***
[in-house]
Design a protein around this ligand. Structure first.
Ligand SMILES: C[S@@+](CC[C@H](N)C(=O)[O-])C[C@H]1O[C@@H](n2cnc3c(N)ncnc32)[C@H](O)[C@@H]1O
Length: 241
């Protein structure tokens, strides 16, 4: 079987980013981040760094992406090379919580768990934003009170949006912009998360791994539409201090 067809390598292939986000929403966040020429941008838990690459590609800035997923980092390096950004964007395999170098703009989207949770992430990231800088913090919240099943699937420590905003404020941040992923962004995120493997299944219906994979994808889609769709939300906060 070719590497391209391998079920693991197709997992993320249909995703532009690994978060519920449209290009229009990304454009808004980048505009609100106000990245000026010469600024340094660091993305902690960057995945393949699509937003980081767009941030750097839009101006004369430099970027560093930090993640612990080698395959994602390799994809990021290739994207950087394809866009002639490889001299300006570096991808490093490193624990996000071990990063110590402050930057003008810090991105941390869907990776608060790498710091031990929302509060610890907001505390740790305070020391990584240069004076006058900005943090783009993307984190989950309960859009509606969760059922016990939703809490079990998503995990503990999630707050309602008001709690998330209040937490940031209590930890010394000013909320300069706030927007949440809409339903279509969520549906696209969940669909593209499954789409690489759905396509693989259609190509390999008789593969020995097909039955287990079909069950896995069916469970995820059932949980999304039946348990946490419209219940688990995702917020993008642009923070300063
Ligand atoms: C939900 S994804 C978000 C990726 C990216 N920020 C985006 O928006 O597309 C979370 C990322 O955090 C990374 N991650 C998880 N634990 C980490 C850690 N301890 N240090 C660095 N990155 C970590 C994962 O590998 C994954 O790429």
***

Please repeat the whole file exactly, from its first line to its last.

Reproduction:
[in-house]
Design a protein around this ligand. Structure first.
Ligand SMILES: C[S@@+](CC[C@H](N)C(=O)[O-])C[C@H]1O[C@@H](n2cnc3c(N)ncnc32)[C@H](O)[C@@H]1O
Length: 241
């Protein structure tokens, strides 16, 4: 079987980013981040760094992406090379919580768990934003009170949006912009998360791994539409201090 067809390598292939986000929403966040020429941008838990690459590609800035997923980092390096950004964007395999170098703009989207949770992430990231800088913090919240099943699937420590905003404020941040992923962004995120493997299944219906994979994808889609769709939300906060 070719590497391209391998079920693991197709997992993320249909995703532009690994978060519920449209290009229009990304454009808004980048505009609100106000990245000026010469600024340094660091993305902690960057995945393949699509937003980081767009941030750097839009101006004369430099970027560093930090993640612990080698395959994602390799994809990021290739994207950087394809866009002639490889001299300006570096991808490093490193624990996000071990990063110590402050930057003008810090991105941390869907990776608060790498710091031990929302509060610890907001505390740790305070020391990584240069004076006058900005943090783009993307984190989950309960859009509606969760059922016990939703809490079990998503995990503990999630707050309602008001709690998330209040937490940031209590930890010394000013909320300069706030927007949440809409339903279509969520549906696209969940669909593209499954789409690489759905396509693989259609190509390999008789593969020995097909039955287990079909069950896995069916469970995820059932949980999304039946348990946490419209219940688990995702917020993008642009923070300063
Ligand atoms: C939900 S994804 C978000 C990726 C990216 N920020 C985006 O928006 O597309 C979370 C990322 O955090 C990374 N991650 C998880 N634990 C980490 C850690 N301890 N240090 C660095 N990155 C970590 C994962 O590998 C994954 O790429």